These Are the Astronomical Events You Don’t Want to Miss in April

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Here’s your official warning: The energy of April is going to be a lot. In astronomical terms, there is a lot happening this month and the energy surrounding these events might make you feel a little all over the place. While we still have a few weeks before the next Mercury retrograde kicks into gear, this month brings with it a pink supermoon as well as a Pluto retrograde.

Here are the astronomical events you must know about this month, including two which will be visible to the naked eye.

The Pink Supermoon

The full moon vibes are going to ramp up towards the end of the month, with a supermoon taking place on April 27. According to Sydney Observatory, a supermoon is a “Full Moon that occurs very close in time to when the Moon is closest in distance to Earth during its elliptical orbit about our planet. The actual definition is unclear and almost completely arbitrary”.

The supermoon in April is also known as the pink moon — a nickname that dates back to folklore and refers to the pink flowers that bloom in April in the Northern Hemisphere. The best part of the pink moon is the ease in which you’ll be able to see it.

According to Time and Date, the super full moon looks around 30 percent brighter than a micro full moon and 16 percent brighter than a regular full moon because it’s so close to the Earth this month. The best time to view the supermoon is just after moonrise, when it’s closer to the horizon.

Pluto Retrograde

Don’t worry, Mercury won’t be going into retrograde until the end of May, but in the meantime, our pal Pluto will be. According to, Pluto brings an energy that is all about “focusing on our deepest selves, psychology, transformation, and the subconscious”.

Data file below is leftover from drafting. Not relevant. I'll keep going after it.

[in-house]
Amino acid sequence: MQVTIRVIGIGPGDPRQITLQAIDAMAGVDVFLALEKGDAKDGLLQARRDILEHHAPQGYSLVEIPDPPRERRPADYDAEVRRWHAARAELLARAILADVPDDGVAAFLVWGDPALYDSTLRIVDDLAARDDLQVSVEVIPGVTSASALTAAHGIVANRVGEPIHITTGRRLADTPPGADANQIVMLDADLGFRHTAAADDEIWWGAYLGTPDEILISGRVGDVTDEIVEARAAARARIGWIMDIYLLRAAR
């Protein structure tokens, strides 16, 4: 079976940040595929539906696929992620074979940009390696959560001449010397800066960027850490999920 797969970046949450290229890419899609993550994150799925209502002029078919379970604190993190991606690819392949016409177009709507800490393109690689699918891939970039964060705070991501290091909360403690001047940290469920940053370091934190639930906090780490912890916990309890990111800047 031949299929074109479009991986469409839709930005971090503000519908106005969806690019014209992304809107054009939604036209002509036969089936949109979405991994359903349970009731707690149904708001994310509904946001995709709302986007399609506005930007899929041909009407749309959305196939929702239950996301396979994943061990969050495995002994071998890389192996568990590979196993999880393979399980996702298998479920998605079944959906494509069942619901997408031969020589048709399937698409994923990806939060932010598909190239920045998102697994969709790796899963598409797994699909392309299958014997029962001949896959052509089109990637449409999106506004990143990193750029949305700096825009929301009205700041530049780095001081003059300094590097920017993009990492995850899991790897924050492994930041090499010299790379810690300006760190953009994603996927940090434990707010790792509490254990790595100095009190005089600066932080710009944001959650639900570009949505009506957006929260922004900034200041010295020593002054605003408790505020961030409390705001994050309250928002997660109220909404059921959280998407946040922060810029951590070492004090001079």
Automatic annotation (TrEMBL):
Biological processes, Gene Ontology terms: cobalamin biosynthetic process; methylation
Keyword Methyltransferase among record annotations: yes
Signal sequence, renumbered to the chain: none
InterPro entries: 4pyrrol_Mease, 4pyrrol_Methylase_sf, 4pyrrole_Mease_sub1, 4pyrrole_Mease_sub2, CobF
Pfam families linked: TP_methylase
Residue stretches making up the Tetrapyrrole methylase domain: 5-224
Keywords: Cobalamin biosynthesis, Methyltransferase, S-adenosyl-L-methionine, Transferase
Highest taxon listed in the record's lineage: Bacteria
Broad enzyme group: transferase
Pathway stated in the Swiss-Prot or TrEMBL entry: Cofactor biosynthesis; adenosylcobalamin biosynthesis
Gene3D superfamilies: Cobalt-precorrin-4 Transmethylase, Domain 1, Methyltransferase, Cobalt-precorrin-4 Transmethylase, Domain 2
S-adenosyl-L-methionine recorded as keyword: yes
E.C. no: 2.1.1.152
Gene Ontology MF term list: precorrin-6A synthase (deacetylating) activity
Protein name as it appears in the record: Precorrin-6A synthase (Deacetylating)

Kicking off on April 27, Pluto retrograde is taking place in Capricorn so be prepared to potentially deal with matters that involve karma, stability and structure, says This retrograde period will last five months, ending on October 6, so you might find you’re a little more career-focused over the next little while.

The energy around this retrograde might not be comfortable (when is it ever?) but use this time to make necessary changes in your life — especially any that will help you evolve further.

The Lyrids Meteor Shower

One of the oldest recorded meteor showers in history, the first recorded sighting of the Lyrids was in 687 BC, when Chinese court astronomers reported, “In the middle of the night, stars fell like rain”. This meteor shower often leaves behind glowing dust trails that can last for a few minutes at a time.

According to Time and Date, the Lyrid meteor shower is usually active between April 16 and 25, with the peak period for viewing around April 22 and 23. To view this shower for yourself, you’ll probably want to get an early night as the Lyrids will be brightest between moonset and dawn on the night between April 22 and 23. Light pollution can often affect the visibility of the meteor shower, so try to find yourself a dark location if you can.

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